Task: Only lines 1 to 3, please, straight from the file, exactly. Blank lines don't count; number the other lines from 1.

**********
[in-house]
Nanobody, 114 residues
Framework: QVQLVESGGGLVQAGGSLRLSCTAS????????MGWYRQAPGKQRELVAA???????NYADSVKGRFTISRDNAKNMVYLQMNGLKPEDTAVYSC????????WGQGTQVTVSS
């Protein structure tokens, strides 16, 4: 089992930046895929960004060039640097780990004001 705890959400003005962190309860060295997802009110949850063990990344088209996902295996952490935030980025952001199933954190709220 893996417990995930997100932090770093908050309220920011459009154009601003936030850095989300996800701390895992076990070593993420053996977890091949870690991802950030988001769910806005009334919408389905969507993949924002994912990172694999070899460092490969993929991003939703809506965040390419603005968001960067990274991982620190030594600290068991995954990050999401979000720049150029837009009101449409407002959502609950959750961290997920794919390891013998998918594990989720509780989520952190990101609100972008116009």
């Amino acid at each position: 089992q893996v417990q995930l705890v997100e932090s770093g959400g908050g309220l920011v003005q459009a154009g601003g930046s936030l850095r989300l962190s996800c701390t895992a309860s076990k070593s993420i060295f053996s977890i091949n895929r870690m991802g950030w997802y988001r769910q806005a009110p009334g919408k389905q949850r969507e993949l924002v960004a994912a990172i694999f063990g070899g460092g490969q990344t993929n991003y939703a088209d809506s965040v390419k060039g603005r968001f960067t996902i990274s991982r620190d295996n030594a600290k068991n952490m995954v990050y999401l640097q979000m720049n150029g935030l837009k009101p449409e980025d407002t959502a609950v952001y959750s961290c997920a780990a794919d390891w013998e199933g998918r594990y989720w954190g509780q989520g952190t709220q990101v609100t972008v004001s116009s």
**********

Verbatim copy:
[in-house]
Nanobody, 114 residues
Framework: QVQLVESGGGLVQAGGSLRLSCTAS????????MGWYRQAPGKQRELVAA???????NYADSVKGRFTISRDNAKNMVYLQMNGLKPEDTAVYSC????????WGQGTQVTVSS